@MaskLady what’s the feeling in your party, do you think you’ll get Bernie on? I know the political scene has been shattered this past election but I still feel like it’s a slow moving beast not able to change that much that quickly.


(Cleo Dioletis) #8

I am hoping that we can form a new 3rd Party with Bernie as that would give the Independents and others that were for Bernie some choice. The 2 parties are oligarchies and they really don’t give us a lot of choice. Promises are made and not kept. People are feeling that no one is listening to them. they have stopped voting and caring. This is how you lose a Democracy so I hope that something can be done by 2020 to change all this,


(Chris) #9

Not to put a damper on this. But, 3rd parties are probably not possible in a country with first past the post elections. I know parties like the Greens and Libertarians want us to reject the notion that there are only two choices. But, FPTP creates a system where if you are voting outside the two-parties, you are creating a vote deficit that helps your least preferred candidate ideologically. I’d never suggest that voting for a 3rd party candidate is a wasted vote. But, voting for a 3rd party candidate indirectly benefits the candidate who is least like you politically.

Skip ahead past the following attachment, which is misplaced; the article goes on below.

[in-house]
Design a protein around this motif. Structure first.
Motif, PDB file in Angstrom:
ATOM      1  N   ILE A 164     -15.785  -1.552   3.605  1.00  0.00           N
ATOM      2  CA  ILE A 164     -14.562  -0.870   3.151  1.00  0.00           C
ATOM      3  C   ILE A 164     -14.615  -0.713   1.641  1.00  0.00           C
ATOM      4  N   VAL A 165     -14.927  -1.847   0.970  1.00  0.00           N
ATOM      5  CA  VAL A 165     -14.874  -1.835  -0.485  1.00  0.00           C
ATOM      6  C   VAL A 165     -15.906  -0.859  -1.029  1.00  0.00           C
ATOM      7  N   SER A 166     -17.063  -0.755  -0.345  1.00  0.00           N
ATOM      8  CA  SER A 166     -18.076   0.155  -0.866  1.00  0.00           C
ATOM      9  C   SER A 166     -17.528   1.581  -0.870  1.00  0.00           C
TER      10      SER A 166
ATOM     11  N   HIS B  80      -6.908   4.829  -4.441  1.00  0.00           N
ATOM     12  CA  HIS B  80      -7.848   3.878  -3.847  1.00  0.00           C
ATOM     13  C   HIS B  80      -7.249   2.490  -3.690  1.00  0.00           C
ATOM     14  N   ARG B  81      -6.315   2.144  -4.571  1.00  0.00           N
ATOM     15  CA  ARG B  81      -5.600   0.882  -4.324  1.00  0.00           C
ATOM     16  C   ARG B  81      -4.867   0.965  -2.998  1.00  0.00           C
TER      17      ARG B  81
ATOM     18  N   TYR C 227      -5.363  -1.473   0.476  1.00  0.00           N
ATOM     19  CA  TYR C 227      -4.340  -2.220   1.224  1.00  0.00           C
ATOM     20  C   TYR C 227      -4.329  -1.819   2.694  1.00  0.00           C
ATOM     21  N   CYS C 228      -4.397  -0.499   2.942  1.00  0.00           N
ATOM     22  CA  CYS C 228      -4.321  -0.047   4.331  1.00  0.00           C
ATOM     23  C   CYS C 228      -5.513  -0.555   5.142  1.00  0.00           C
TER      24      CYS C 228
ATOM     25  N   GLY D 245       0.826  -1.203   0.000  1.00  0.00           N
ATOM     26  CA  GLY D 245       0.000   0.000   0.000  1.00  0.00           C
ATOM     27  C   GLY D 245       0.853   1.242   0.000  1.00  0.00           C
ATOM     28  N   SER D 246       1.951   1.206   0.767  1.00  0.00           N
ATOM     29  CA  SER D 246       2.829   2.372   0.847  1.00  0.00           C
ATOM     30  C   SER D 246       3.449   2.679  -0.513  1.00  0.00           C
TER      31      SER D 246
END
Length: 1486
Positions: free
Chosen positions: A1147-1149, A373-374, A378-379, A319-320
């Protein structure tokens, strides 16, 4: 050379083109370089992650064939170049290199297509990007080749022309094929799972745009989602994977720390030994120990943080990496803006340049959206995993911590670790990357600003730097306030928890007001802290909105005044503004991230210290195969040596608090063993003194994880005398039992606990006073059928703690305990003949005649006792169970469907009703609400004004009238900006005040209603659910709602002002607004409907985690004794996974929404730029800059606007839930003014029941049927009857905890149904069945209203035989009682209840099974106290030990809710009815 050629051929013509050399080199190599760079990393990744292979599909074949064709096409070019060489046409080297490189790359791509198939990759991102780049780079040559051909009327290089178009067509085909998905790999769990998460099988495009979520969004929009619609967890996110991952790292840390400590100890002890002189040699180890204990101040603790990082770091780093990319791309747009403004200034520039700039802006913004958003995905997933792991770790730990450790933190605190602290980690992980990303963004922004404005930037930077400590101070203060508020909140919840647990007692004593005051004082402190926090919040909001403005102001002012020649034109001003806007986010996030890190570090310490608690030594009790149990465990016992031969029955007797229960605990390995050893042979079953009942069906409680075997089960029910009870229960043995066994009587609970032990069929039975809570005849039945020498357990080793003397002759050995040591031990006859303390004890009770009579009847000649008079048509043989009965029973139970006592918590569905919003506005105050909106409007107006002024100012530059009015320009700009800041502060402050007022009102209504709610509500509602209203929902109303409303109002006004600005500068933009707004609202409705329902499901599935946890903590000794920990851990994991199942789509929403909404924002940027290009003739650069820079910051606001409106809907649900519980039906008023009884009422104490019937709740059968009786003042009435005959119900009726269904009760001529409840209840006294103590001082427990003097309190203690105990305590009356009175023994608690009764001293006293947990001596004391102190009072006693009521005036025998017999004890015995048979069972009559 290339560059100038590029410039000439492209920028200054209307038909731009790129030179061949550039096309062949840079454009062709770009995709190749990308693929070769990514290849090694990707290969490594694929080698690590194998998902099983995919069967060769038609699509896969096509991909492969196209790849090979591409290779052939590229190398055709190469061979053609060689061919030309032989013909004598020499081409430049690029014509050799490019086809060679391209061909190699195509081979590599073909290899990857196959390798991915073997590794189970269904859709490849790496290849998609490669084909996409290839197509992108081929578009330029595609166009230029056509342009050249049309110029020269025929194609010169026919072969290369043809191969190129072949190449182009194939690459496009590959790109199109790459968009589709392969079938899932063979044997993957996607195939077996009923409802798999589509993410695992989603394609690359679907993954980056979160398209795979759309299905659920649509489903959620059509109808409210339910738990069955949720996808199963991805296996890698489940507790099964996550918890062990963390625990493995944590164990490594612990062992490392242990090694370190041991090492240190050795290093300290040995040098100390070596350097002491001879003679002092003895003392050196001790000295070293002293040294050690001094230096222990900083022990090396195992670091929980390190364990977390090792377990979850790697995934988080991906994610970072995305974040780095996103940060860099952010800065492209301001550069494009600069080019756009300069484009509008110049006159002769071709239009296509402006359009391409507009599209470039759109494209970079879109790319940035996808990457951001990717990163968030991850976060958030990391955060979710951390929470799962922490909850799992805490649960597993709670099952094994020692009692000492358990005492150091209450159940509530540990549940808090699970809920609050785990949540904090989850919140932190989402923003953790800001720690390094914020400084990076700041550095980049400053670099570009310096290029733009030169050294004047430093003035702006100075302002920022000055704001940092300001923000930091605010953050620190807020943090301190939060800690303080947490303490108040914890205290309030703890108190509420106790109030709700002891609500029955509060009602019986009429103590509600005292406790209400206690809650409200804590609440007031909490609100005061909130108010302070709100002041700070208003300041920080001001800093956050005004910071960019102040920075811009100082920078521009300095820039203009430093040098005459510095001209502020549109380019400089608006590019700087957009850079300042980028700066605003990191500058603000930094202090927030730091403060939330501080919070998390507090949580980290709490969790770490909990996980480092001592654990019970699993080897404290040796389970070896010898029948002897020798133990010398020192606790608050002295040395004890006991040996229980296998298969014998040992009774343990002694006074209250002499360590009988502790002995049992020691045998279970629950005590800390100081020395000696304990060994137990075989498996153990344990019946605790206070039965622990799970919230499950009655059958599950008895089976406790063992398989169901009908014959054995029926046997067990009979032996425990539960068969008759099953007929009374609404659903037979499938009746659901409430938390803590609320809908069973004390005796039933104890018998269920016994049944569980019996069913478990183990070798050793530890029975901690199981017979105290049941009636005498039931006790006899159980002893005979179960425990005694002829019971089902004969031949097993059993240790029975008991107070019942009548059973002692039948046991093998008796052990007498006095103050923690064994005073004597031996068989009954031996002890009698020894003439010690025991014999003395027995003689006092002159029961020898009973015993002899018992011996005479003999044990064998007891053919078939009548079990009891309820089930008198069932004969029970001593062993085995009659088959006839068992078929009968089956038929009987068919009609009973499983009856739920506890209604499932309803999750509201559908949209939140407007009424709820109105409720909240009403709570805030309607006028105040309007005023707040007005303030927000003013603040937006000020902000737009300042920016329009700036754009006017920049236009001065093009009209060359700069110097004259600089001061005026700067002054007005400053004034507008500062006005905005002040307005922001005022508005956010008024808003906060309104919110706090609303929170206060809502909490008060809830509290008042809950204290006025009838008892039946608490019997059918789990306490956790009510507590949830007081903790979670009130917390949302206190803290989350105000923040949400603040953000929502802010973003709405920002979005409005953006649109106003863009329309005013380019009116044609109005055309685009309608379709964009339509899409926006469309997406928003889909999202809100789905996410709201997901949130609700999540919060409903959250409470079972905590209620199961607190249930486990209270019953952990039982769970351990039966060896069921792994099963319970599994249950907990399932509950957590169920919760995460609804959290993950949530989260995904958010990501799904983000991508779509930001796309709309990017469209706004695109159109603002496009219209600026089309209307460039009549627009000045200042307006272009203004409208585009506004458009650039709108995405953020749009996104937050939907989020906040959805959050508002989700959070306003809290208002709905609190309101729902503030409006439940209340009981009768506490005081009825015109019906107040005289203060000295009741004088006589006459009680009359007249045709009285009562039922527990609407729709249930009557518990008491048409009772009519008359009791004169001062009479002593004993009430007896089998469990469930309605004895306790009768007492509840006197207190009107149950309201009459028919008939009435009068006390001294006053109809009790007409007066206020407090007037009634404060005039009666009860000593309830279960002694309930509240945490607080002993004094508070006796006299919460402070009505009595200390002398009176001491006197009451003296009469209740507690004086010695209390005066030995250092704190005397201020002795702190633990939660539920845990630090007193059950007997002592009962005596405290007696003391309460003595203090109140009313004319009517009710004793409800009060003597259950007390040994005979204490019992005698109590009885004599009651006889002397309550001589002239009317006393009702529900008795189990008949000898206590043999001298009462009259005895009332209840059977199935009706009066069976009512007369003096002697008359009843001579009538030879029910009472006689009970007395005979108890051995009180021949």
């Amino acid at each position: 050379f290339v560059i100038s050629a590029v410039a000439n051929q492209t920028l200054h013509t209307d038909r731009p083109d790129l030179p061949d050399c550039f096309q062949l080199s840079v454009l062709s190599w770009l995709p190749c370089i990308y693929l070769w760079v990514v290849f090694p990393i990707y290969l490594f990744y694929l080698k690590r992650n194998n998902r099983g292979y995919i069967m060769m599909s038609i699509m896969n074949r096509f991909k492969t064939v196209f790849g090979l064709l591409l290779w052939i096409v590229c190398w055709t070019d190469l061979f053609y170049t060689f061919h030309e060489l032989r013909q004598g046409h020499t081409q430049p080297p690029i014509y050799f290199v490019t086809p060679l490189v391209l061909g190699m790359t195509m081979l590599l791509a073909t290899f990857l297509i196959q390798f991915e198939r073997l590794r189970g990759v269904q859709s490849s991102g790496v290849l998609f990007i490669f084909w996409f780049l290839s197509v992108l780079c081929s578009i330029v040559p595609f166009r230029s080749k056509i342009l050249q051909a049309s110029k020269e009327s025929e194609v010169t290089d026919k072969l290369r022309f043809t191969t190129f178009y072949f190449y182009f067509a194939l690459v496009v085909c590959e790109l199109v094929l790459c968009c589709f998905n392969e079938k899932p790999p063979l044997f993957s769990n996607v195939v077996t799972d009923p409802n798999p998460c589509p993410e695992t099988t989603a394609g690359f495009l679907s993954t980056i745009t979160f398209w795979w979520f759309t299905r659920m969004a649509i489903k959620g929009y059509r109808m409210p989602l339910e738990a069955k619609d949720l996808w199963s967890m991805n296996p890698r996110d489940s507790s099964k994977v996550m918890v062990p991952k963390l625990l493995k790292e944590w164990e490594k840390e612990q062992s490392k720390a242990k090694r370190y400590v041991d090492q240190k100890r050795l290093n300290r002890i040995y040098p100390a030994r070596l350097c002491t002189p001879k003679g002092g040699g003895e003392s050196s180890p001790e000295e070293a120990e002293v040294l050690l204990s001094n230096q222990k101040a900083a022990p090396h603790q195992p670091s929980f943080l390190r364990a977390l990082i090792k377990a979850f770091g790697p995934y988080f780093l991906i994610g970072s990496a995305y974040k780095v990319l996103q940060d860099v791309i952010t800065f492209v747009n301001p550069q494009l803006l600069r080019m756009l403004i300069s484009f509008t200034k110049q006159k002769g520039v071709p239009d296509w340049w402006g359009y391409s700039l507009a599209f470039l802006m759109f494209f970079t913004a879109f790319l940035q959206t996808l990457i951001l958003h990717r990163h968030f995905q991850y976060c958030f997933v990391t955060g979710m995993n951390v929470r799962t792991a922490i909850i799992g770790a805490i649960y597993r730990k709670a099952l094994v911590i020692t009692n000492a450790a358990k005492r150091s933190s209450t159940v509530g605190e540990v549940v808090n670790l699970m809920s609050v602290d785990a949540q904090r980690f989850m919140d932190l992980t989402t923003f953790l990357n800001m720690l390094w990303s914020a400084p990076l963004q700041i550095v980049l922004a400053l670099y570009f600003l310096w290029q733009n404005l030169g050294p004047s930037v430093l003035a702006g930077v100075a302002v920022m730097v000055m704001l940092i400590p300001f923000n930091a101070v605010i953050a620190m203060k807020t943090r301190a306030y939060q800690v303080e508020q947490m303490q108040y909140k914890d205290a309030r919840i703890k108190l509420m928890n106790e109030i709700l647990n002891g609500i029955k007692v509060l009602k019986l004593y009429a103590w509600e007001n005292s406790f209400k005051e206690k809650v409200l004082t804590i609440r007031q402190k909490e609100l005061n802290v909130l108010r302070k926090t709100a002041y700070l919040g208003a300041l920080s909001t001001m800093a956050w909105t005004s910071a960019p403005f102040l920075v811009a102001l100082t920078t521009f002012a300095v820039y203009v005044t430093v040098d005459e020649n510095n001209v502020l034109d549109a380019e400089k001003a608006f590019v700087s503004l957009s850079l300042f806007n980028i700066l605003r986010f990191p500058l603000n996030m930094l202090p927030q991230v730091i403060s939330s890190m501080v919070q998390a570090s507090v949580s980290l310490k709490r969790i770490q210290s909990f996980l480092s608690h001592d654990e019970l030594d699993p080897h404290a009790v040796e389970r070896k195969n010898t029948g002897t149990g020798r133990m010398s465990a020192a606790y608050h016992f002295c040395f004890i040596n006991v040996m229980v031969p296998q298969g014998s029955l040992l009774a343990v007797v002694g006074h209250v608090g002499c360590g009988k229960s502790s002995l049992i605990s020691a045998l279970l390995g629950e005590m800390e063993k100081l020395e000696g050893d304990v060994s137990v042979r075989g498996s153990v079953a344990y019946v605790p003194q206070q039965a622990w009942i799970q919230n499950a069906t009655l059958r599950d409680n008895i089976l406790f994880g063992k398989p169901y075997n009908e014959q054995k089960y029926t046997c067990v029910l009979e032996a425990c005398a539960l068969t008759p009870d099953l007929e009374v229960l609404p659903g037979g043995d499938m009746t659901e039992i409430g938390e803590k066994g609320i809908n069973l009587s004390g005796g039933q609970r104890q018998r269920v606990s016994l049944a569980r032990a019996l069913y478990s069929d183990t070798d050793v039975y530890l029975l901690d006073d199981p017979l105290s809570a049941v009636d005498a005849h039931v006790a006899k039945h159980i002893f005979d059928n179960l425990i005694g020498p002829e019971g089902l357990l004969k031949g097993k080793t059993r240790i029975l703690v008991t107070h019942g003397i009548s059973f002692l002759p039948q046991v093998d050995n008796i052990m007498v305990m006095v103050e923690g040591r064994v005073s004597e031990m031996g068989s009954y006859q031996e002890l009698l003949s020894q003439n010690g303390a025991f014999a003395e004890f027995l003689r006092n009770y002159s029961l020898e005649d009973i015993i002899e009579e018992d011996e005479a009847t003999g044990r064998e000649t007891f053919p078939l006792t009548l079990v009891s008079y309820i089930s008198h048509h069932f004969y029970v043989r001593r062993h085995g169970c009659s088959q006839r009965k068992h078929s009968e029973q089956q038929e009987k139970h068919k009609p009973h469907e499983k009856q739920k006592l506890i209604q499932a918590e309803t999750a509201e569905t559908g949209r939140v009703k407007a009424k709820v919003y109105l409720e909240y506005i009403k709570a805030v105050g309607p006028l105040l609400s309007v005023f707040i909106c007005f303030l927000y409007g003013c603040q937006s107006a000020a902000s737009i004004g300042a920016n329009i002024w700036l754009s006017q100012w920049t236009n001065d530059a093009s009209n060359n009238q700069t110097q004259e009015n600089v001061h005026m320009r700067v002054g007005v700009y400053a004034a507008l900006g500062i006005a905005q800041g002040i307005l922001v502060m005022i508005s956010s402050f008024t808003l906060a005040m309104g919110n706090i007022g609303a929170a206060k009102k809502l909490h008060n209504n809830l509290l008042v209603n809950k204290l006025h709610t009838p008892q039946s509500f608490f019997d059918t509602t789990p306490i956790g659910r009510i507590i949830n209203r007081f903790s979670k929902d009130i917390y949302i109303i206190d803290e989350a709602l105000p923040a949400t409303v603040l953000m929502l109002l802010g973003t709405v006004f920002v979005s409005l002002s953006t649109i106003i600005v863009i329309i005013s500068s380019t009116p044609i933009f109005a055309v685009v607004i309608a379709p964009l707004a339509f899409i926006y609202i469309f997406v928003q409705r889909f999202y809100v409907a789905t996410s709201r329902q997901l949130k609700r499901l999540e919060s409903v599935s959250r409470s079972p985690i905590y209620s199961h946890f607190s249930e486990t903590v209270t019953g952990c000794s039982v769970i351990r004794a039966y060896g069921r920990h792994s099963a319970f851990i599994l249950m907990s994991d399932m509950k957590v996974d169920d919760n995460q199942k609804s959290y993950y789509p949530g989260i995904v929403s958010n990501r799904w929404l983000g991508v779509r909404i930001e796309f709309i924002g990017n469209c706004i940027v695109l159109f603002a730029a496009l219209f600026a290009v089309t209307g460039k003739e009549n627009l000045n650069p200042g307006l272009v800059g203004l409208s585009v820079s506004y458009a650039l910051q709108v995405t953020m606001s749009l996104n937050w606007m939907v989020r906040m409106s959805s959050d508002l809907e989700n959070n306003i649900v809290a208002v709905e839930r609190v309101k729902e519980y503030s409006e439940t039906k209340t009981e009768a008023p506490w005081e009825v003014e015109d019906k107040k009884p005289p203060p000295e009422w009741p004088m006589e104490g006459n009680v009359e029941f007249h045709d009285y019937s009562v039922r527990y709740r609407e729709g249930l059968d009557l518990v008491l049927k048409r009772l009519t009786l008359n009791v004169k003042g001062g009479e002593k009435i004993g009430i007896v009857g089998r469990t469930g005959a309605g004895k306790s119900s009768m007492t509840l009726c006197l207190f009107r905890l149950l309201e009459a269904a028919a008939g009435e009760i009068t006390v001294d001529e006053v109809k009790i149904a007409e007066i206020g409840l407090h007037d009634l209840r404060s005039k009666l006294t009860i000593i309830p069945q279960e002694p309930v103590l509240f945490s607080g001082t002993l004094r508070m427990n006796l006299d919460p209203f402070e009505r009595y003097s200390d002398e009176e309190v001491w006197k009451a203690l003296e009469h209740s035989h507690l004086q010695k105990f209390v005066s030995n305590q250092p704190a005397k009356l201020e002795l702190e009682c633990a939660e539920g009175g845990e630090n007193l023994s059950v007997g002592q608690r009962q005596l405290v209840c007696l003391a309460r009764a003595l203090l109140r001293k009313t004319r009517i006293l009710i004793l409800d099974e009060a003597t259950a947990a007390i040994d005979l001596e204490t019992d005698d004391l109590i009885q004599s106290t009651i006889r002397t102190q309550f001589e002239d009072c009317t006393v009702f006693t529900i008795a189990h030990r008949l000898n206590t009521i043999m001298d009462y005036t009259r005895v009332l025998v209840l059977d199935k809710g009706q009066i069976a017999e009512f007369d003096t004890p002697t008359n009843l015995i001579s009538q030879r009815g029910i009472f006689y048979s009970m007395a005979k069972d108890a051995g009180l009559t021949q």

Also, FPTP goes hand in hand with a lot of issues we have in general. FPTP favors incumbents, empowers the gerrymander, and “wastes” votes in a sense that every vote cast for the candidate who doesn’t win doesn’t matter.

There are some cool reform ideas to fix some of the issues. Maine put Ranked Choice Voting on their ballots in November and passed it (although last I checked, Maine had an “emergency session” to overturn the will of the people). Ranked choice is exactly what it sounds like. You rank your candidates from most preferred to least. If your most preferred candidate doesn’t win outright (and no other candidate wins outright with 51% of the vote) your vote is transferred to your second preferred candidate and the process to get to 51% repeats until someone hits it.